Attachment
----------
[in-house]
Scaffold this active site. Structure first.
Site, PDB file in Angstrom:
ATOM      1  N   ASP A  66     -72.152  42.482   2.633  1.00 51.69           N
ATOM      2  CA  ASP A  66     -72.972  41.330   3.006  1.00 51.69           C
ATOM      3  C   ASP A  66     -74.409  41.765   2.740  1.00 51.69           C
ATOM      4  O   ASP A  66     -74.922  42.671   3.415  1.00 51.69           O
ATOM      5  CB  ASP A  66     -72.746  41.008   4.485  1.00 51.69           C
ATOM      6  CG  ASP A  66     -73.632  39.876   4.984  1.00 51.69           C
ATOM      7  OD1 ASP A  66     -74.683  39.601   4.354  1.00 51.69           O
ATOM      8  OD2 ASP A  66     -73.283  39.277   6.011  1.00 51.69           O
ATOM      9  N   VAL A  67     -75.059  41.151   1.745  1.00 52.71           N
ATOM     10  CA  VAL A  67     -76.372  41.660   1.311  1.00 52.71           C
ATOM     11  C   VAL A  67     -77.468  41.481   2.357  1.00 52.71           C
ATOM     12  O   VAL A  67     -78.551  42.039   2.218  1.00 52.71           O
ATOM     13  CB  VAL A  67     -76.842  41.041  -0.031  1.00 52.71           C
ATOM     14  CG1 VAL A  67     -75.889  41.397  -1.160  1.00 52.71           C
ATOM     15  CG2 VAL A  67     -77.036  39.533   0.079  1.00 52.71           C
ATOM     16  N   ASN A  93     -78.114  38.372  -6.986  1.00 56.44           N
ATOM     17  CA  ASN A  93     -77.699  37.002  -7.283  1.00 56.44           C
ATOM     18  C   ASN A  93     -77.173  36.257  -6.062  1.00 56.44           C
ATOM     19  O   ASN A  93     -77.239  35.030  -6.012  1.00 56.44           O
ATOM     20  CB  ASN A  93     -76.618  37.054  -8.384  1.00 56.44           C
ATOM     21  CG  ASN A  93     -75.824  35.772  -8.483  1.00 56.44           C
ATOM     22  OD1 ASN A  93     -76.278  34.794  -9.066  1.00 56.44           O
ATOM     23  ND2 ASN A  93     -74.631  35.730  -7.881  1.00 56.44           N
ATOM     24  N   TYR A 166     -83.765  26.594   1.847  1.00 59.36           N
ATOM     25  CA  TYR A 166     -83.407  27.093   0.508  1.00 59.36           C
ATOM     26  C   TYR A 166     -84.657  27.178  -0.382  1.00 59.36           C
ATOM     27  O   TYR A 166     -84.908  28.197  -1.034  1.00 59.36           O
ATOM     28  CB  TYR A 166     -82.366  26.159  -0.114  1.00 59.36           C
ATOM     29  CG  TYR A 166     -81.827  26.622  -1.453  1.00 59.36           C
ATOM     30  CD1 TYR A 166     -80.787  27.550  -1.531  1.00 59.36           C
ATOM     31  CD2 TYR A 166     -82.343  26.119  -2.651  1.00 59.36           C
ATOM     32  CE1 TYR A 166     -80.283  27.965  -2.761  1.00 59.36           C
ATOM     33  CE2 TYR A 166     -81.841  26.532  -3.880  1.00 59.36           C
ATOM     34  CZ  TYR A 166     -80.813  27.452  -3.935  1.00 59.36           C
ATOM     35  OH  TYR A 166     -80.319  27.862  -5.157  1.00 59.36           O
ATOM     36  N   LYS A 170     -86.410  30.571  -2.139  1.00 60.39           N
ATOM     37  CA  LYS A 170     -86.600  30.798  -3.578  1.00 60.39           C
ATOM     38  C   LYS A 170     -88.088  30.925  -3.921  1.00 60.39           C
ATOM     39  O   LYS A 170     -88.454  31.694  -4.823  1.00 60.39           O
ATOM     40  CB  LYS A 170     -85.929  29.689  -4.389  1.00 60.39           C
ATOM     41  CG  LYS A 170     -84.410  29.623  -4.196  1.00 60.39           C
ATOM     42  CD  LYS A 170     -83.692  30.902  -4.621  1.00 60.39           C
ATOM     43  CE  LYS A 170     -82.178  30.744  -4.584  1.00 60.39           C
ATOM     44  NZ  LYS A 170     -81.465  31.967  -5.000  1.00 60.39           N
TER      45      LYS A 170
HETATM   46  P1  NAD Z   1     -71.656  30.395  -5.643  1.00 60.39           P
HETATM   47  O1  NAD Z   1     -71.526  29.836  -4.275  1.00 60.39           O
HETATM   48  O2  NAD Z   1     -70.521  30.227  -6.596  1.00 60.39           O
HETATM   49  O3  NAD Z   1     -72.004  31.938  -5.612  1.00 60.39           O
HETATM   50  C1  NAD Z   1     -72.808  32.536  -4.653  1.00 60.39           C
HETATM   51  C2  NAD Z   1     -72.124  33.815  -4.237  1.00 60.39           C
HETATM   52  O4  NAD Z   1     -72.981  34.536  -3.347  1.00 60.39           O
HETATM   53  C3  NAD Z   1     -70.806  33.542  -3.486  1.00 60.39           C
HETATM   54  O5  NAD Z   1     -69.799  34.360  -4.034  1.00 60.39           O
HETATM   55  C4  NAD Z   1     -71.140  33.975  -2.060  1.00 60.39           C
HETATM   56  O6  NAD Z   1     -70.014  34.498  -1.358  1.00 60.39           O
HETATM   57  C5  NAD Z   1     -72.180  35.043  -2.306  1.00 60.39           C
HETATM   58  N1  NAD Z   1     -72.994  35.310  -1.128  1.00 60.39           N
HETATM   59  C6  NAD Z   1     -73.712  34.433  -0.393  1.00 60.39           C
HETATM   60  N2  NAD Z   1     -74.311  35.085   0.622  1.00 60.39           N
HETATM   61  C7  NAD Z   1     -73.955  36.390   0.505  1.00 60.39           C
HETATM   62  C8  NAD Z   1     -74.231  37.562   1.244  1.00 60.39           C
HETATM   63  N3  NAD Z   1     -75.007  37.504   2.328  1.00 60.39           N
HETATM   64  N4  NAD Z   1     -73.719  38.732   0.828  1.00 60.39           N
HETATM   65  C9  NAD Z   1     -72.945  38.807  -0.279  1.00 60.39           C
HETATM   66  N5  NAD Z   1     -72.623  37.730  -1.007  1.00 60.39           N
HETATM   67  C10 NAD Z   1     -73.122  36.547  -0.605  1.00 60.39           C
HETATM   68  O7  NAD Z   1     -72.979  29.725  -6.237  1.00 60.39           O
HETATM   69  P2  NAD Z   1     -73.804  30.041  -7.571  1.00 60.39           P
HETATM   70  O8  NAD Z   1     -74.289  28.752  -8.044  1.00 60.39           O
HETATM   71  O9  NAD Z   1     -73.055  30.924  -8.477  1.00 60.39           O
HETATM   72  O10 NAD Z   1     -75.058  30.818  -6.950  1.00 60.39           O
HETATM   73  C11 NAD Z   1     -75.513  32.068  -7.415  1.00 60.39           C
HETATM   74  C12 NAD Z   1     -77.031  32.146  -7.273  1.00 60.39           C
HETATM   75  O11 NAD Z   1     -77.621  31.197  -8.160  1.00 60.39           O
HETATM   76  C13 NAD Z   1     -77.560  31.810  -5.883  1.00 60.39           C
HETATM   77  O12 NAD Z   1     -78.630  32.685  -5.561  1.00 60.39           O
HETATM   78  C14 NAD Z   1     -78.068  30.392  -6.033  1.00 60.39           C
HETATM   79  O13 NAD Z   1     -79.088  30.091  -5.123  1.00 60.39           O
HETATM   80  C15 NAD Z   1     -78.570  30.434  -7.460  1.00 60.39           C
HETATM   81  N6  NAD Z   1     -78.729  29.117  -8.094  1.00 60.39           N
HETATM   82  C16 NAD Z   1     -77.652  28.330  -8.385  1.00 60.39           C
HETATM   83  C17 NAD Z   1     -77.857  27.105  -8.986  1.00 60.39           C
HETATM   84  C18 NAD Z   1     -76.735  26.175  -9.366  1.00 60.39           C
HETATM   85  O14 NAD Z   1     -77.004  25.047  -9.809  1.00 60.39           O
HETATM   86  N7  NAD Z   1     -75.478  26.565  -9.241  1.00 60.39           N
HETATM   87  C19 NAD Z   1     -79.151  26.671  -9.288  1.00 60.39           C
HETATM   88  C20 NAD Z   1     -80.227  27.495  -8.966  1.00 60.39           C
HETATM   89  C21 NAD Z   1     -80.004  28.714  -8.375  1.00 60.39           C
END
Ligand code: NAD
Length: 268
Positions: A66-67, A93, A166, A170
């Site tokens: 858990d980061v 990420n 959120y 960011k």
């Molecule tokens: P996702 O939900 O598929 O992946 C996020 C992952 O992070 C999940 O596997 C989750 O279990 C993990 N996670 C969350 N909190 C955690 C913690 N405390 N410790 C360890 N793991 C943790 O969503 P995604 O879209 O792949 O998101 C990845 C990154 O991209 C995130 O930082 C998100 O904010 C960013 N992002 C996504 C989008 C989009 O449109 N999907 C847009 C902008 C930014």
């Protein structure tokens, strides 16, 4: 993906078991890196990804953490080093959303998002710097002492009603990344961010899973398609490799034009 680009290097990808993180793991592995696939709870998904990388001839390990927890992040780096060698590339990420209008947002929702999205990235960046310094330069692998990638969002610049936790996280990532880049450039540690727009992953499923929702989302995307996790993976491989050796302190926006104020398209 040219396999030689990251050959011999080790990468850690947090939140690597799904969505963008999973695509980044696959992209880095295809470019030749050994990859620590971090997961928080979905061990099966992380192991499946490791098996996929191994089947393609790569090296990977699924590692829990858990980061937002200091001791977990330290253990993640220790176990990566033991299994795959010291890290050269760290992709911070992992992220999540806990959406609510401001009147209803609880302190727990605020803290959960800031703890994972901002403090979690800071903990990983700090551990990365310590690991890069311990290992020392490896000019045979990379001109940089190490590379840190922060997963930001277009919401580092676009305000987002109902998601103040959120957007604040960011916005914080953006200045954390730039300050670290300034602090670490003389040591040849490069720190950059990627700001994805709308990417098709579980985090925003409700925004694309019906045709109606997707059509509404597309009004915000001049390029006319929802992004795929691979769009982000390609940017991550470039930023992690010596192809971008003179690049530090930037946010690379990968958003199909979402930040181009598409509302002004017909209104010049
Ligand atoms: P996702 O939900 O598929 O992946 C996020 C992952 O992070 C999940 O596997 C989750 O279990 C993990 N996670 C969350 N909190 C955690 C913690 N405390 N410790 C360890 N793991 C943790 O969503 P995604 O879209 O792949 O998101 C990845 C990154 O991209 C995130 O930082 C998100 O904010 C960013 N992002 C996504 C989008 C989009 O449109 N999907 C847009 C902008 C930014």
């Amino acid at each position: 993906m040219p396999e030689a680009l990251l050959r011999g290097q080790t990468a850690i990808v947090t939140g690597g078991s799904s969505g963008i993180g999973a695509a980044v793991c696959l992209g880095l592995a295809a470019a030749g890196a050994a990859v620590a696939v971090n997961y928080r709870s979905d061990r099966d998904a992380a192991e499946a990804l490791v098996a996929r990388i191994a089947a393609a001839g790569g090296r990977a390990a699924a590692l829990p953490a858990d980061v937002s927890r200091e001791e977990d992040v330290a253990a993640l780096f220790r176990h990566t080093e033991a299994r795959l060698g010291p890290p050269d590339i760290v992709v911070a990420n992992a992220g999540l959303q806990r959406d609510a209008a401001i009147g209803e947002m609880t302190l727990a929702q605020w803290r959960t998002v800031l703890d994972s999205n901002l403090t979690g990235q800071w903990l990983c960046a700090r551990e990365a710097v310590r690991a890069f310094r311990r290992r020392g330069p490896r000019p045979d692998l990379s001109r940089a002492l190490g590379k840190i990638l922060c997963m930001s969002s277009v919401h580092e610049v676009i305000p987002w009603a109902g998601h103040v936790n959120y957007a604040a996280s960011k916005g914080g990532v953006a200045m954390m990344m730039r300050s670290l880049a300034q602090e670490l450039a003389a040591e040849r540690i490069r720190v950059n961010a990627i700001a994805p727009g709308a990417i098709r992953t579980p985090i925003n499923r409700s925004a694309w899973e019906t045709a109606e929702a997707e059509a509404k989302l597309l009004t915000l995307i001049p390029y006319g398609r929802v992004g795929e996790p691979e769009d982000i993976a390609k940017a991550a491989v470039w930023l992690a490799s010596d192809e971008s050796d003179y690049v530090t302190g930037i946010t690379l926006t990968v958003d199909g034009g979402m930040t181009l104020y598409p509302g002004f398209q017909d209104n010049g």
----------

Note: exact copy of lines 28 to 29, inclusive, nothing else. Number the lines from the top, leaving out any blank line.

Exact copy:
ATOM     25  CA  TYR A 166     -83.407  27.093   0.508  1.00 59.36           C
ATOM     26  C   TYR A 166     -84.657  27.178  -0.382  1.00 59.36           C